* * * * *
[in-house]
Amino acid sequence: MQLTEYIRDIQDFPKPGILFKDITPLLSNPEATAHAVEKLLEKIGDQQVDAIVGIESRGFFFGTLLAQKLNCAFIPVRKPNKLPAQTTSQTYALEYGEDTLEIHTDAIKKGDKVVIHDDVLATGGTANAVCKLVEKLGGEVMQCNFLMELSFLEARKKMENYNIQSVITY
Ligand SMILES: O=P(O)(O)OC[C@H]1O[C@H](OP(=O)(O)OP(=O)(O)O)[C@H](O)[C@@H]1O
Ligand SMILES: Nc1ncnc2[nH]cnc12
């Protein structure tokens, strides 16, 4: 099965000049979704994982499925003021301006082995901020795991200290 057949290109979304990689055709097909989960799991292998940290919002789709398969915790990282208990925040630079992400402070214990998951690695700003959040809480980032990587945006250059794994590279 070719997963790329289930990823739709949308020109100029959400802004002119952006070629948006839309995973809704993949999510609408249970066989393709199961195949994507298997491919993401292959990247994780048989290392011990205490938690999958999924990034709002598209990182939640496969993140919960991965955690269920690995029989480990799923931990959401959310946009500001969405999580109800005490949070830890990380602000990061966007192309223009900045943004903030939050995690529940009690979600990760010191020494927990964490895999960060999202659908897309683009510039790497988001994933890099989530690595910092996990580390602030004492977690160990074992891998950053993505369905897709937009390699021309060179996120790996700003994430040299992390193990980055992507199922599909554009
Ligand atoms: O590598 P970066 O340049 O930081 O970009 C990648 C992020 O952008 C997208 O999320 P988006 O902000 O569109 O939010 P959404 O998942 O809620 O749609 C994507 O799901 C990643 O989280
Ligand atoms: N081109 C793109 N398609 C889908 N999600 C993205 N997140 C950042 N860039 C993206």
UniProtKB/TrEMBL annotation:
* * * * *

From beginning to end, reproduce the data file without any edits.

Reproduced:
[in-house]
Amino acid sequence: MQLTEYIRDIQDFPKPGILFKDITPLLSNPEATAHAVEKLLEKIGDQQVDAIVGIESRGFFFGTLLAQKLNCAFIPVRKPNKLPAQTTSQTYALEYGEDTLEIHTDAIKKGDKVVIHDDVLATGGTANAVCKLVEKLGGEVMQCNFLMELSFLEARKKMENYNIQSVITY
Ligand SMILES: O=P(O)(O)OC[C@H]1O[C@H](OP(=O)(O)OP(=O)(O)O)[C@H](O)[C@@H]1O
Ligand SMILES: Nc1ncnc2[nH]cnc12
């Protein structure tokens, strides 16, 4: 099965000049979704994982499925003021301006082995901020795991200290 057949290109979304990689055709097909989960799991292998940290919002789709398969915790990282208990925040630079992400402070214990998951690695700003959040809480980032990587945006250059794994590279 070719997963790329289930990823739709949308020109100029959400802004002119952006070629948006839309995973809704993949999510609408249970066989393709199961195949994507298997491919993401292959990247994780048989290392011990205490938690999958999924990034709002598209990182939640496969993140919960991965955690269920690995029989480990799923931990959401959310946009500001969405999580109800005490949070830890990380602000990061966007192309223009900045943004903030939050995690529940009690979600990760010191020494927990964490895999960060999202659908897309683009510039790497988001994933890099989530690595910092996990580390602030004492977690160990074992891998950053993505369905897709937009390699021309060179996120790996700003994430040299992390193990980055992507199922599909554009
Ligand atoms: O590598 P970066 O340049 O930081 O970009 C990648 C992020 O952008 C997208 O999320 P988006 O902000 O569109 O939010 P959404 O998942 O809620 O749609 C994507 O799901 C990643 O989280
Ligand atoms: N081109 C793109 N398609 C889908 N999600 C993205 N997140 C950042 N860039 C993206």
UniProtKB/TrEMBL annotation: